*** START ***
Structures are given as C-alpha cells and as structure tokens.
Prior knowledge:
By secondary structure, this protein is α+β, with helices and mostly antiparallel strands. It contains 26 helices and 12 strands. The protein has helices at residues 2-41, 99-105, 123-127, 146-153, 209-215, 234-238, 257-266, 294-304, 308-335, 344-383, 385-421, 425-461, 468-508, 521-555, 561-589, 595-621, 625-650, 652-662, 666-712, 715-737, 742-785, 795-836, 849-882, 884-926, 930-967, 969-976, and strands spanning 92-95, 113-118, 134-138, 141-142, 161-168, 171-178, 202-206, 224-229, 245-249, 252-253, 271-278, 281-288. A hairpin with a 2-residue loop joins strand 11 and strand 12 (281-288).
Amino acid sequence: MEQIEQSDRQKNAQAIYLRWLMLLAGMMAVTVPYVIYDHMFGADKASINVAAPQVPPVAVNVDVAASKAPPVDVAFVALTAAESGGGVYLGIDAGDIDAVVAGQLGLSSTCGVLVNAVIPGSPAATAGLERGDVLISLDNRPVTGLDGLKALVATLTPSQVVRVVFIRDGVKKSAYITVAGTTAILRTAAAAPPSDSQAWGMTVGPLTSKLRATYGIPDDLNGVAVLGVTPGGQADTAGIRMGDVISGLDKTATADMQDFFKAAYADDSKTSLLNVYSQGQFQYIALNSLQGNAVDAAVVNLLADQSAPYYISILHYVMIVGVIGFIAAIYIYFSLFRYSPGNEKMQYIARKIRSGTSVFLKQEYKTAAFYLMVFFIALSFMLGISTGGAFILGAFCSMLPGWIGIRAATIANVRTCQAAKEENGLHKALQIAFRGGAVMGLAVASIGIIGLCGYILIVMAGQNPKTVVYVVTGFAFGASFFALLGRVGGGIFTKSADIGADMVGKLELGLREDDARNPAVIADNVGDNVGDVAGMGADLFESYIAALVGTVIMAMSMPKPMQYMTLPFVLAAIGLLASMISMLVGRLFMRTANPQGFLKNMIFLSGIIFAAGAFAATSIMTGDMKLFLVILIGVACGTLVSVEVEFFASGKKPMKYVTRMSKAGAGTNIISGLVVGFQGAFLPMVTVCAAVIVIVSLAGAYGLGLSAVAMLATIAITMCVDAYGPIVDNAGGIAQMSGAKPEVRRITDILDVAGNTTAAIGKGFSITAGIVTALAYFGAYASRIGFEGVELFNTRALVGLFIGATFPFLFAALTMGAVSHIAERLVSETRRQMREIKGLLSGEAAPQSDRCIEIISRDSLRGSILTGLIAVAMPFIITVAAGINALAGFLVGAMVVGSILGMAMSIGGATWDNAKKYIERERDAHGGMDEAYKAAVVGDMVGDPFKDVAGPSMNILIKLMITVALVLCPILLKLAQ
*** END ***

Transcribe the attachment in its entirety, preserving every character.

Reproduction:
Structures are given as C-alpha cells and as structure tokens.
Prior knowledge:
By secondary structure, this protein is α+β, with helices and mostly antiparallel strands. It contains 26 helices and 12 strands. The protein has helices at residues 2-41, 99-105, 123-127, 146-153, 209-215, 234-238, 257-266, 294-304, 308-335, 344-383, 385-421, 425-461, 468-508, 521-555, 561-589, 595-621, 625-650, 652-662, 666-712, 715-737, 742-785, 795-836, 849-882, 884-926, 930-967, 969-976, and strands spanning 92-95, 113-118, 134-138, 141-142, 161-168, 171-178, 202-206, 224-229, 245-249, 252-253, 271-278, 281-288. A hairpin with a 2-residue loop joins strand 11 and strand 12 (281-288).
Amino acid sequence: MEQIEQSDRQKNAQAIYLRWLMLLAGMMAVTVPYVIYDHMFGADKASINVAAPQVPPVAVNVDVAASKAPPVDVAFVALTAAESGGGVYLGIDAGDIDAVVAGQLGLSSTCGVLVNAVIPGSPAATAGLERGDVLISLDNRPVTGLDGLKALVATLTPSQVVRVVFIRDGVKKSAYITVAGTTAILRTAAAAPPSDSQAWGMTVGPLTSKLRATYGIPDDLNGVAVLGVTPGGQADTAGIRMGDVISGLDKTATADMQDFFKAAYADDSKTSLLNVYSQGQFQYIALNSLQGNAVDAAVVNLLADQSAPYYISILHYVMIVGVIGFIAAIYIYFSLFRYSPGNEKMQYIARKIRSGTSVFLKQEYKTAAFYLMVFFIALSFMLGISTGGAFILGAFCSMLPGWIGIRAATIANVRTCQAAKEENGLHKALQIAFRGGAVMGLAVASIGIIGLCGYILIVMAGQNPKTVVYVVTGFAFGASFFALLGRVGGGIFTKSADIGADMVGKLELGLREDDARNPAVIADNVGDNVGDVAGMGADLFESYIAALVGTVIMAMSMPKPMQYMTLPFVLAAIGLLASMISMLVGRLFMRTANPQGFLKNMIFLSGIIFAAGAFAATSIMTGDMKLFLVILIGVACGTLVSVEVEFFASGKKPMKYVTRMSKAGAGTNIISGLVVGFQGAFLPMVTVCAAVIVIVSLAGAYGLGLSAVAMLATIAITMCVDAYGPIVDNAGGIAQMSGAKPEVRRITDILDVAGNTTAAIGKGFSITAGIVTALAYFGAYASRIGFEGVELFNTRALVGLFIGATFPFLFAALTMGAVSHIAERLVSETRRQMREIKGLLSGEAAPQSDRCIEIISRDSLRGSILTGLIAVAMPFIITVAAGINALAGFLVGAMVVGSILGMAMSIGGATWDNAKKYIERERDAHGGMDEAYKAAVVGDMVGDPFKDVAGPSMNILIKLMITVALVLCPILLKLAQ